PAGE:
Before I tell you about how I learned about the realities of the Cycle of Life when I was a kid, I want to share with you the first signs of spring at our house: The inaugural flower of the season. Seemed appropriate to share this today, since I missed out on Wordless Wednesday this week.
As I've mentioned before, I grew up on a small farm. While my parents both worked full-time in town to make ends meet, they both obviously appreciated life on the farm--or at least faked it pretty well. They both grew up with parents who farmed, and wanted the four of us kids to grow up understanding and appreciating where our food came from. And participating in the process.
Even when we were little, we'd help gather eggs, which we'd wipe off with rags in the kitchen, and package up in bulk cartons to deliver to the local grocery store. (PLEASE NOTE: I am NOT as old as this makes me sound. I want to point out how much agriculture has changed in a very short amount of time. This was not uncommon practice in small towns in the 1970s!)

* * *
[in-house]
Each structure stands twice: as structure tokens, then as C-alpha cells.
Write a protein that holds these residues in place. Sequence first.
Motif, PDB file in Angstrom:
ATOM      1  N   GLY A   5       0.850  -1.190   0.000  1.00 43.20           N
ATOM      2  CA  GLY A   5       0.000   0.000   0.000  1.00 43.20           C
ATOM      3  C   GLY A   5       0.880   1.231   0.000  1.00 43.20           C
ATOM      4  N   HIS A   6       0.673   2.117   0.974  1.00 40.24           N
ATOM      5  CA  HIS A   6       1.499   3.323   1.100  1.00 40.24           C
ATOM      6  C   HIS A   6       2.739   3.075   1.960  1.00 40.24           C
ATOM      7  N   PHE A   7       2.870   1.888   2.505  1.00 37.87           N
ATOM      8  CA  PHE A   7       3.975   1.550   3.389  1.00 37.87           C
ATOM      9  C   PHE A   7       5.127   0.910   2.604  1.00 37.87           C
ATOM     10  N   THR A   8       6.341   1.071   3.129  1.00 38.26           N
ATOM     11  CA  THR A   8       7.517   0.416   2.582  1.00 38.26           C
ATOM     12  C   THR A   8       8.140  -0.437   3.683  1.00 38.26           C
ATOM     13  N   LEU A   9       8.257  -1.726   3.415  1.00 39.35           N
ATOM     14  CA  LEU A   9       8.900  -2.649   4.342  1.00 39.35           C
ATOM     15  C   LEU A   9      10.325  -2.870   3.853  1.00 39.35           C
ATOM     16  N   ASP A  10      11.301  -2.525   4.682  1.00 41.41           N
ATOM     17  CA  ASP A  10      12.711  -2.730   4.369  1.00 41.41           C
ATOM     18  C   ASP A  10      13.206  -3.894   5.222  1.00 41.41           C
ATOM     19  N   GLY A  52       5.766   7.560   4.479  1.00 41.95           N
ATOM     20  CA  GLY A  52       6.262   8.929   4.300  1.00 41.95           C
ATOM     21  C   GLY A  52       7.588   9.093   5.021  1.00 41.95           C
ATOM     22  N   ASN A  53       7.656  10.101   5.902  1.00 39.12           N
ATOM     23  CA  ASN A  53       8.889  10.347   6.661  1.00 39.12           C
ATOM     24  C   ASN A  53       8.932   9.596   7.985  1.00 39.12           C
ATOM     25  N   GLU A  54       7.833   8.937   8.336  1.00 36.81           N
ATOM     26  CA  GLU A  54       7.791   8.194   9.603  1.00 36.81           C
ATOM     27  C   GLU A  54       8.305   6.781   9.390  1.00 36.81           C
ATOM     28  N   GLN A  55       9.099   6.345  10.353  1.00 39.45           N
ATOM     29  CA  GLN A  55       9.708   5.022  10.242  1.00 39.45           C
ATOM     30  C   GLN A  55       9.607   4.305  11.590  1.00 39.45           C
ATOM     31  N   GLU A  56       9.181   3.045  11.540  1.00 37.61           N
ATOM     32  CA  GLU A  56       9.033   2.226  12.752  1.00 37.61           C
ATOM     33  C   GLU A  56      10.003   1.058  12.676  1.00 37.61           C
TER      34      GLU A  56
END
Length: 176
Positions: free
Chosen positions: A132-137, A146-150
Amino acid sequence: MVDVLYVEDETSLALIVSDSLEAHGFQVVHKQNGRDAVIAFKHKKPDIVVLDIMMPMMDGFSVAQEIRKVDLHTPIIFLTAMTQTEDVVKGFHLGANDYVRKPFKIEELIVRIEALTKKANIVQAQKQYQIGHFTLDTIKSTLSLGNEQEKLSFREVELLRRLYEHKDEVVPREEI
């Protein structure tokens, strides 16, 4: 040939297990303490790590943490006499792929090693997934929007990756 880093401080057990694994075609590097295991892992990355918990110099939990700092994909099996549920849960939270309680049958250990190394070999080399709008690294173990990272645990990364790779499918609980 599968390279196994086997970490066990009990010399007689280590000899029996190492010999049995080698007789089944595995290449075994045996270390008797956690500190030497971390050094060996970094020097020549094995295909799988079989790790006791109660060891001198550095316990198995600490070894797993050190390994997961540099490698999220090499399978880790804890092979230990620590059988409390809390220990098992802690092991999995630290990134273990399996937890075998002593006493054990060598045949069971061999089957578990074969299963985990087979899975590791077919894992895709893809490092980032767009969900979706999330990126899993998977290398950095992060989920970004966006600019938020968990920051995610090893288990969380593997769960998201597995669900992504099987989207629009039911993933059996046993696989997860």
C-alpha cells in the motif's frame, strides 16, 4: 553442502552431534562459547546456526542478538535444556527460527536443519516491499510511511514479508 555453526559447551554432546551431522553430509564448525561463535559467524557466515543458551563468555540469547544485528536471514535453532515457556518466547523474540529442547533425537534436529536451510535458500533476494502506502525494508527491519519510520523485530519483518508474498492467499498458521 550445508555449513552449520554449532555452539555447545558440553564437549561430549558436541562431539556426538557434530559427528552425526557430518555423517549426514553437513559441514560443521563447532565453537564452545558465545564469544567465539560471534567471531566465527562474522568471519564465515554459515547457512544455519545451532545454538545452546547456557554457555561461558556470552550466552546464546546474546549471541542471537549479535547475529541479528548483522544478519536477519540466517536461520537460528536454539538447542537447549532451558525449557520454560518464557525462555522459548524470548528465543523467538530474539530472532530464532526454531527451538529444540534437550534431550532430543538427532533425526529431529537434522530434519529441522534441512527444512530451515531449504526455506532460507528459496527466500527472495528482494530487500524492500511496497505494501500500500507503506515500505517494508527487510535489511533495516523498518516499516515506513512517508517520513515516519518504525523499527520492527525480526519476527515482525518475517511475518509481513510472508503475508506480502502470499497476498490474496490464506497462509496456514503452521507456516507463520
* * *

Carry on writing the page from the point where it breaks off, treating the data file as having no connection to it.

I learned even more about chickens when time came for butchering some of the birds for meat. Now, I don't think my parents did this themselves, in the side yard by the house, because they particularly enjoyed it. They did it out of economic necessity.
Let me just say: Take a moment to be thankful that Modern Agriculture has made poultry neatly wrapped in cellophane available in our grocery stores or farmers markets at an affordable price. Because that was when I learned that food production can be ugly and is not for the faint-of-heart. Wringing necks and plucking chickens is, fortunately, something most of us do not have to do ourselves any more. But it was part of life.
I guess that early exposure helped me understand that this had to happen for our family to eat--not much different from the time spent in the garden planting corn and cucumbers and greenbeans, which later needed to harvested and canned or frozen. Similar story for when it was pig-processing day at my grandparents' house. This was the cycle of life.
The fact that we spent time feeding and caring for the pigs and chickens, and later cows and goats, on our farm helped us understand the value of life. These animals had to be cared for as best we could. They were to be fed and watered every day before we, the people, ate. Caring for the animals came first--even before homework after school. They weren't pets, we had those. These creatures were valued even more for what they provided to our family in the form of food and income.